Although Zalcberg’s argument was focused mostly on the change in design he’s observed in corporate offices and traditional companies, these shifts in workplace trends also affect the flexible workspace market. As the industry grows and larger companies begin to adopt flexible work options, workspace owners and managers will need to attract and win over the companies as well as its employees.
In a phone interview with Zalcberg, we got to discuss workplace trends, where they’re going, and what we can expect from design in the future.
Zalcberg began by noting that “what we’re seeing is the millennial shift in the workplace; where it seems that design is getting more minimalist, sleeker, and with nicer finishes. There’s nothing big and bulky in today’s design trends. We’re also seeing that design has become more about individualism; people want to feel like the space is their own.”
But this shift goes beyond the aesthetics of making an office or workplace look cool or casual. “The workplace is no longer just the place where people work; it’s now a tool that, when implemented correctly, can trigger the brain, productivity, and creativity.”
What Zalcberg is saying goes well in hand with multisensory design, which says that everything around us (including the workplace and its design) is a stimuli, and people can react to these stimuli consciously or subconsciously. “You can do things you don’t realize you’re doing, and get better results for it.”
He gives us the following example:
“If you walk into a room that’s yellow, red, or simply colorful, you perk up internally. It’s just a color on the wall, but it’s not the traditional beige; it’s telling you that you can get out or think outside of the box.”
According to Zalcberg, “how companies and flexible workspaces shift into this more casual office is going to be crucial to how they can attract the largest number of workers, and also how they’ll retain them.”
Some flexible workspace managers are ahead of the game in this sense, especially coworking spaces, as they tend to start out with the latest and greatest in terms of design trends. But others aren’t seeing the opportunity as clearly as they should. Zalcberg notes that this is particularly the issue with small businesses that have been around for 20 or 30 years.
“These small businesses are not thinking about how workplace design is a factor that plays into their success. For them, the thought of spending a large sum of money to redesign their workspace isn’t too appealing.”
This is an issue that’s affecting the flexible workspace industry as well; particularly business centers and executive suite managers that made an investment in workplace design years ago and are now having a hard time deciding whether or not they should jump on the wave of more casual offices.
“When I talk about casual it’s really in conjunction with the subconscious barriers. It’s about the psychology behind design.”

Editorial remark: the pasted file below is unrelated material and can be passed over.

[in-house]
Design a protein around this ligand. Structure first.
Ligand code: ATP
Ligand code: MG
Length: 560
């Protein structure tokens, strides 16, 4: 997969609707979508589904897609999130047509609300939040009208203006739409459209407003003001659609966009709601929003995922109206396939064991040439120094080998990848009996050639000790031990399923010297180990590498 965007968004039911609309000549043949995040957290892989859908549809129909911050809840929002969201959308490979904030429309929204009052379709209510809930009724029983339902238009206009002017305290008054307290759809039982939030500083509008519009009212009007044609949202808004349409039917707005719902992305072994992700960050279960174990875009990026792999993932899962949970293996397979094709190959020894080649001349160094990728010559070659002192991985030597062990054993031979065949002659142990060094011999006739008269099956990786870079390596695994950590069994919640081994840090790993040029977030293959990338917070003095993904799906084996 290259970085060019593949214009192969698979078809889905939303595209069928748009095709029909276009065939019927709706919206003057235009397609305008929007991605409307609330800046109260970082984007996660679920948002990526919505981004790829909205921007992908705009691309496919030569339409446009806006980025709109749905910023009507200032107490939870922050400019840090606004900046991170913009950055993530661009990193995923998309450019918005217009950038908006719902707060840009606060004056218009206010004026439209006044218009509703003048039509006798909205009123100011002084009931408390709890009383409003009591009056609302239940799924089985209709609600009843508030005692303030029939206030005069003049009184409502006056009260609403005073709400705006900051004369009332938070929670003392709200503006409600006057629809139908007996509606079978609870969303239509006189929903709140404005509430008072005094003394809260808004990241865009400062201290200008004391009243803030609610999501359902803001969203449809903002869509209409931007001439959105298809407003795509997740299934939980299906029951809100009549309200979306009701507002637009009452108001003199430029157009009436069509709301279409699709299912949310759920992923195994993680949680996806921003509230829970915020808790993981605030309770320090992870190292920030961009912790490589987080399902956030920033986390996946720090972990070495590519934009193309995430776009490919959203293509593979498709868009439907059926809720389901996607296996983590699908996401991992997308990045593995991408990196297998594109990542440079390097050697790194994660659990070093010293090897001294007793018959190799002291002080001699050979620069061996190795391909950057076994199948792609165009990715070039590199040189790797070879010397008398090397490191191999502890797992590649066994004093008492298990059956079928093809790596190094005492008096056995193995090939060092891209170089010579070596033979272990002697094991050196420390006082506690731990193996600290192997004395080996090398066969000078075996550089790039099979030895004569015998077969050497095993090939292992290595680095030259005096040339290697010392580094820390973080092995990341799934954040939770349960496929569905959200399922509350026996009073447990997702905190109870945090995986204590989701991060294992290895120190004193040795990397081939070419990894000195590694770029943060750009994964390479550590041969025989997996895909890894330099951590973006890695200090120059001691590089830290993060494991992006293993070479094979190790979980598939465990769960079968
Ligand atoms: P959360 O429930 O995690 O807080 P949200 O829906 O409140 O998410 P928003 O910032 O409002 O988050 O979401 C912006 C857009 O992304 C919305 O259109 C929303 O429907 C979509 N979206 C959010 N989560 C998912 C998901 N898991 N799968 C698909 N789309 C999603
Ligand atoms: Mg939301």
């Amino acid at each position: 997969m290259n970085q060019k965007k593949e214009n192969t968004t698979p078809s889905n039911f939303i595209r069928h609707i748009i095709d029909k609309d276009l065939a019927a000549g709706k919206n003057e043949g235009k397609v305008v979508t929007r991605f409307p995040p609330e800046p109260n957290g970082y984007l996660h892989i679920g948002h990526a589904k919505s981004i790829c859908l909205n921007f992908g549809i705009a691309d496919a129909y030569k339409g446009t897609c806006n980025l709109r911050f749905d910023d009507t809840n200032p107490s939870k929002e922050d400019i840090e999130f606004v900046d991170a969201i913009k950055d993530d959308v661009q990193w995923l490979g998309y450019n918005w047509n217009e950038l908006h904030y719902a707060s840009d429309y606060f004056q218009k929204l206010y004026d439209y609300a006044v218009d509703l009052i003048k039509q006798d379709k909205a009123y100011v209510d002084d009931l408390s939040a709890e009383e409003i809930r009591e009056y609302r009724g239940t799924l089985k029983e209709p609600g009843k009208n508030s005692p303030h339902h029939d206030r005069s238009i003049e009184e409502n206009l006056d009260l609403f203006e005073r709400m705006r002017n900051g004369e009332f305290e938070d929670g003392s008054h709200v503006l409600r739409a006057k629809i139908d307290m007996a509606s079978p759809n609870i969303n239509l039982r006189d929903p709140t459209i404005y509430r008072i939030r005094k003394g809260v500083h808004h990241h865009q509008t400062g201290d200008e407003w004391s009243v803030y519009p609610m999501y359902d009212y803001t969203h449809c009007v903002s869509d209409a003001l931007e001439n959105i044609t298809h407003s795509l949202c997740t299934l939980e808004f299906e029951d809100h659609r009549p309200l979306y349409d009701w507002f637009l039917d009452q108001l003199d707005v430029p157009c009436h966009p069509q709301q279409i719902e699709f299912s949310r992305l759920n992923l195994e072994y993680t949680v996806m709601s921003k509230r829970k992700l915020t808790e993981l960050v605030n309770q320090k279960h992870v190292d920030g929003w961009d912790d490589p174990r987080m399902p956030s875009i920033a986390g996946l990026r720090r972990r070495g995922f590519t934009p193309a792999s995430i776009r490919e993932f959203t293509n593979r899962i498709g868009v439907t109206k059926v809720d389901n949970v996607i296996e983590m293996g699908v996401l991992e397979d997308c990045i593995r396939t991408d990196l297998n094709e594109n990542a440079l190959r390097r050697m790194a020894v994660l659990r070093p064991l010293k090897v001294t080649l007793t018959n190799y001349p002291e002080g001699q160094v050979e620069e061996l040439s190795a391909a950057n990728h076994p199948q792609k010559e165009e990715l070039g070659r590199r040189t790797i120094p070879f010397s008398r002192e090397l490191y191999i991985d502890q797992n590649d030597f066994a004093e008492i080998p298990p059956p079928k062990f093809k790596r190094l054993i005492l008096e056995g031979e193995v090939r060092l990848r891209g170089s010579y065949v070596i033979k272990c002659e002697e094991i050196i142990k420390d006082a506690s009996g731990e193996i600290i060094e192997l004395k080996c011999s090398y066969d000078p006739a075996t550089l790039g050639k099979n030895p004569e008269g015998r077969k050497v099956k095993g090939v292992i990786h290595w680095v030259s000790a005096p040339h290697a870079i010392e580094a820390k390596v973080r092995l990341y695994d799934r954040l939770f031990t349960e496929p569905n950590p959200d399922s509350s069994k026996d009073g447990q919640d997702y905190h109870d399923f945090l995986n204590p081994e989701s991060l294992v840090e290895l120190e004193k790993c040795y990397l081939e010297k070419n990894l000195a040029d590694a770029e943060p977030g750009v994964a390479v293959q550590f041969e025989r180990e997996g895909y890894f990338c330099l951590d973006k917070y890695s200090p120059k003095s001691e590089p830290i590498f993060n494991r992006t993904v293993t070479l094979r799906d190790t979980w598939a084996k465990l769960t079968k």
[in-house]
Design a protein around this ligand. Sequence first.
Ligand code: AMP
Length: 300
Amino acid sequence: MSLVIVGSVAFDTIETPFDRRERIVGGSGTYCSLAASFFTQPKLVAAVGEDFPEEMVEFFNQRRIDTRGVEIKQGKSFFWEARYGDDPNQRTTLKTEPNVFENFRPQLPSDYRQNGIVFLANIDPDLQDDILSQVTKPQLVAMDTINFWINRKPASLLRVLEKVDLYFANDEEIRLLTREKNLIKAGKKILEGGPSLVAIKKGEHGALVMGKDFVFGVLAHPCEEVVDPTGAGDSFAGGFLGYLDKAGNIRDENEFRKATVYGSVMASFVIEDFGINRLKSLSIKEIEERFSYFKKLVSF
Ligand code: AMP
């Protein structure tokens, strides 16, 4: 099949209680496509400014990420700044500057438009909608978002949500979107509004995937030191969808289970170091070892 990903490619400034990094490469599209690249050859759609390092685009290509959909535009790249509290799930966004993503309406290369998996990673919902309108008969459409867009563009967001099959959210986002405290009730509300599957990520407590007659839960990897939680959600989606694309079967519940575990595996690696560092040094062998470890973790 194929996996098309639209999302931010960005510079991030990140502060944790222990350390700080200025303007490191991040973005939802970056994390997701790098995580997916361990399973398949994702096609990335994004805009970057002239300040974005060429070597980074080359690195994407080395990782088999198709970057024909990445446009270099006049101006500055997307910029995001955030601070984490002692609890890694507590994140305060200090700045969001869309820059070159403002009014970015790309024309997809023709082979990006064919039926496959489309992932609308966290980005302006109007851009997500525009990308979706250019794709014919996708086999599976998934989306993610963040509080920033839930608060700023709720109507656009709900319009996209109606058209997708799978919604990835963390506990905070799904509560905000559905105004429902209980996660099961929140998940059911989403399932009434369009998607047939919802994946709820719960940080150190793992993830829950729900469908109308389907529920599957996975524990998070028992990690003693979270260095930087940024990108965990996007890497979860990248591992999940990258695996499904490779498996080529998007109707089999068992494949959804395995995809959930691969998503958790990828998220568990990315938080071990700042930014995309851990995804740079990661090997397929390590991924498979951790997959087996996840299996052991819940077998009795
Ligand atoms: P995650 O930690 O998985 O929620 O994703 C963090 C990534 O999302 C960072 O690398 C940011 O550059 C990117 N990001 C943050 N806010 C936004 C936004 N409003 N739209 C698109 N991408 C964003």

Casual workplaces will allow workers to power and recharge, they will help individuals realize that sitting and staring at a screen for 8 hours is not productive, nor is it effective. Casual workplaces are focused on removing the barriers (conscious and unconscious) that cause stress and can also make people sick.
In essence, flexible workspaces are already casual, especially those that have been able to adopt and accommodate the modern workforce’s wants and needs.
As for what goes and what stays in future workplaces, Zalcberg has the following to say.
“No matter what, comfortable seating is always going to be necessary. Granted, design will evolve and will go in conjunction with the latest ergonomic trends, but I’ll say this: the chair will always exist. It may shift and become more core oriented, but ultimately comfortable seating should not (and won’t) die.”
On the other hand, storage furniture is likely to disappear. “As the cloud is increasingly used and we are able to store more things and documents in it, the need for storage will decline. The bright side is that this will allow for more desks, or other types of workstations and areas to be implemented.”
Surprisingly, Zalcberg believes the computer monitor will become somewhat obsolete. “In the future, we will be using holograms and other types of technology that can easily be pulled out of smaller objects.”
The takeaway is that the workplace of the future will focus on removing barriers, physical and mental, that will allow workers to be their most efficient and productive selves at all times, regardless of where they are. Flexible workspace operators should pay attention to what their members want, to what they’re asking, and they need to be resilient enough to adapt as the workforce shifts and as trends evolve.
Oh! And you (flexible workspace operator) should never, then, run out of chairs.
Images via OFM